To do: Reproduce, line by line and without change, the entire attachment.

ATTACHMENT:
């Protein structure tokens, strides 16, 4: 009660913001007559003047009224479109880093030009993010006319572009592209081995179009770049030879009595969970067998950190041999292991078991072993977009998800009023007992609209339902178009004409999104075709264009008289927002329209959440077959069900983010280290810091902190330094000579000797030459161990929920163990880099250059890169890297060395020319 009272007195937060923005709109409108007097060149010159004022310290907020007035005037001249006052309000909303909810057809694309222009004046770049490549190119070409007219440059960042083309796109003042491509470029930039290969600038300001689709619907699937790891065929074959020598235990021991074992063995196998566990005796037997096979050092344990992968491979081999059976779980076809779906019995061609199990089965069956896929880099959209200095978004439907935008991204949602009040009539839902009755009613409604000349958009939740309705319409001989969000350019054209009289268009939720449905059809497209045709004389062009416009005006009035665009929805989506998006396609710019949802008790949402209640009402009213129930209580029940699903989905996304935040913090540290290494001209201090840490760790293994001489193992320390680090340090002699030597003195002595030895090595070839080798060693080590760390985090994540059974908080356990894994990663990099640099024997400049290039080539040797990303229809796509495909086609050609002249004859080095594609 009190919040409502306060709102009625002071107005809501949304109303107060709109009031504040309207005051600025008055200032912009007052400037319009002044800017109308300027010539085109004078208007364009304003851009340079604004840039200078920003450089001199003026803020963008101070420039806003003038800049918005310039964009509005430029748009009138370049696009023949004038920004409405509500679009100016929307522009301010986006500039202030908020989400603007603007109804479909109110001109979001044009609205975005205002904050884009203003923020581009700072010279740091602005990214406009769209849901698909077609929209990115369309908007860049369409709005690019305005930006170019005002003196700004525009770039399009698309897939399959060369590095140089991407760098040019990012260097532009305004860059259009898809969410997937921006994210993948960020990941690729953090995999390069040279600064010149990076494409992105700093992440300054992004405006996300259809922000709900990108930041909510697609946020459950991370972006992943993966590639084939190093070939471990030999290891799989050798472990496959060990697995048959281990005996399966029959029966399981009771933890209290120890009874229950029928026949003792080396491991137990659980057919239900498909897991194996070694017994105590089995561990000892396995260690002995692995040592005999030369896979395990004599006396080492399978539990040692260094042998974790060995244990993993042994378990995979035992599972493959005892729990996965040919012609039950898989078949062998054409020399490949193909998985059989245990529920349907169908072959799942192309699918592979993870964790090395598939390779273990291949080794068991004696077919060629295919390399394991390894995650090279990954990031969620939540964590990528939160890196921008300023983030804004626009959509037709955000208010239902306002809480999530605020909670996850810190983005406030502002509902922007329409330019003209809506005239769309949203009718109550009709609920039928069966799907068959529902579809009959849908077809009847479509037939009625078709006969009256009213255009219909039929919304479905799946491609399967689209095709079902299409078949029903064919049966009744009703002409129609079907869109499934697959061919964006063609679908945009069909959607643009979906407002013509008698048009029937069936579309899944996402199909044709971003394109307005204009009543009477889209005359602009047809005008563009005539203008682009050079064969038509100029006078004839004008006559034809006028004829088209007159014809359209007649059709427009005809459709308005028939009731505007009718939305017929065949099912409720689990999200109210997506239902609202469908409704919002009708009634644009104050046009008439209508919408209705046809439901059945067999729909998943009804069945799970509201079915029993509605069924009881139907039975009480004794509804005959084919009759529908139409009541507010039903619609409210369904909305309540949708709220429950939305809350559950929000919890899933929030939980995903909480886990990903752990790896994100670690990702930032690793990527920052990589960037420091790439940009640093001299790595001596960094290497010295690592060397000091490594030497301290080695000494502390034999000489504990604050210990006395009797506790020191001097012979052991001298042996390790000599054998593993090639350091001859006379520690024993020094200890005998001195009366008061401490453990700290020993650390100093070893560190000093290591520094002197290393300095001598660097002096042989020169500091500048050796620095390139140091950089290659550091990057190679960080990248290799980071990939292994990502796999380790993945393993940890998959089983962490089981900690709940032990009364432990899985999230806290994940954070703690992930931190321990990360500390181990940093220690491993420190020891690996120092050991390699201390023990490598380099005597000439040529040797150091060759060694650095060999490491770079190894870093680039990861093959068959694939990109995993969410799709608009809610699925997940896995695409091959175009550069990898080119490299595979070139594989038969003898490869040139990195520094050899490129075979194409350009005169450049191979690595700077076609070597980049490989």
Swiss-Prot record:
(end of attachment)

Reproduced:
């Protein structure tokens, strides 16, 4: 009660913001007559003047009224479109880093030009993010006319572009592209081995179009770049030879009595969970067998950190041999292991078991072993977009998800009023007992609209339902178009004409999104075709264009008289927002329209959440077959069900983010280290810091902190330094000579000797030459161990929920163990880099250059890169890297060395020319 009272007195937060923005709109409108007097060149010159004022310290907020007035005037001249006052309000909303909810057809694309222009004046770049490549190119070409007219440059960042083309796109003042491509470029930039290969600038300001689709619907699937790891065929074959020598235990021991074992063995196998566990005796037997096979050092344990992968491979081999059976779980076809779906019995061609199990089965069956896929880099959209200095978004439907935008991204949602009040009539839902009755009613409604000349958009939740309705319409001989969000350019054209009289268009939720449905059809497209045709004389062009416009005006009035665009929805989506998006396609710019949802008790949402209640009402009213129930209580029940699903989905996304935040913090540290290494001209201090840490760790293994001489193992320390680090340090002699030597003195002595030895090595070839080798060693080590760390985090994540059974908080356990894994990663990099640099024997400049290039080539040797990303229809796509495909086609050609002249004859080095594609 009190919040409502306060709102009625002071107005809501949304109303107060709109009031504040309207005051600025008055200032912009007052400037319009002044800017109308300027010539085109004078208007364009304003851009340079604004840039200078920003450089001199003026803020963008101070420039806003003038800049918005310039964009509005430029748009009138370049696009023949004038920004409405509500679009100016929307522009301010986006500039202030908020989400603007603007109804479909109110001109979001044009609205975005205002904050884009203003923020581009700072010279740091602005990214406009769209849901698909077609929209990115369309908007860049369409709005690019305005930006170019005002003196700004525009770039399009698309897939399959060369590095140089991407760098040019990012260097532009305004860059259009898809969410997937921006994210993948960020990941690729953090995999390069040279600064010149990076494409992105700093992440300054992004405006996300259809922000709900990108930041909510697609946020459950991370972006992943993966590639084939190093070939471990030999290891799989050798472990496959060990697995048959281990005996399966029959029966399981009771933890209290120890009874229950029928026949003792080396491991137990659980057919239900498909897991194996070694017994105590089995561990000892396995260690002995692995040592005999030369896979395990004599006396080492399978539990040692260094042998974790060995244990993993042994378990995979035992599972493959005892729990996965040919012609039950898989078949062998054409020399490949193909998985059989245990529920349907169908072959799942192309699918592979993870964790090395598939390779273990291949080794068991004696077919060629295919390399394991390894995650090279990954990031969620939540964590990528939160890196921008300023983030804004626009959509037709955000208010239902306002809480999530605020909670996850810190983005406030502002509902922007329409330019003209809506005239769309949203009718109550009709609920039928069966799907068959529902579809009959849908077809009847479509037939009625078709006969009256009213255009219909039929919304479905799946491609399967689209095709079902299409078949029903064919049966009744009703002409129609079907869109499934697959061919964006063609679908945009069909959607643009979906407002013509008698048009029937069936579309899944996402199909044709971003394109307005204009009543009477889209005359602009047809005008563009005539203008682009050079064969038509100029006078004839004008006559034809006028004829088209007159014809359209007649059709427009005809459709308005028939009731505007009718939305017929065949099912409720689990999200109210997506239902609202469908409704919002009708009634644009104050046009008439209508919408209705046809439901059945067999729909998943009804069945799970509201079915029993509605069924009881139907039975009480004794509804005959084919009759529908139409009541507010039903619609409210369904909305309540949708709220429950939305809350559950929000919890899933929030939980995903909480886990990903752990790896994100670690990702930032690793990527920052990589960037420091790439940009640093001299790595001596960094290497010295690592060397000091490594030497301290080695000494502390034999000489504990604050210990006395009797506790020191001097012979052991001298042996390790000599054998593993090639350091001859006379520690024993020094200890005998001195009366008061401490453990700290020993650390100093070893560190000093290591520094002197290393300095001598660097002096042989020169500091500048050796620095390139140091950089290659550091990057190679960080990248290799980071990939292994990502796999380790993945393993940890998959089983962490089981900690709940032990009364432990899985999230806290994940954070703690992930931190321990990360500390181990940093220690491993420190020891690996120092050991390699201390023990490598380099005597000439040529040797150091060759060694650095060999490491770079190894870093680039990861093959068959694939990109995993969410799709608009809610699925997940896995695409091959175009550069990898080119490299595979070139594989038969003898490869040139990195520094050899490129075979194409350009005169450049191979690595700077076609070597980049490989």
Swiss-Prot record: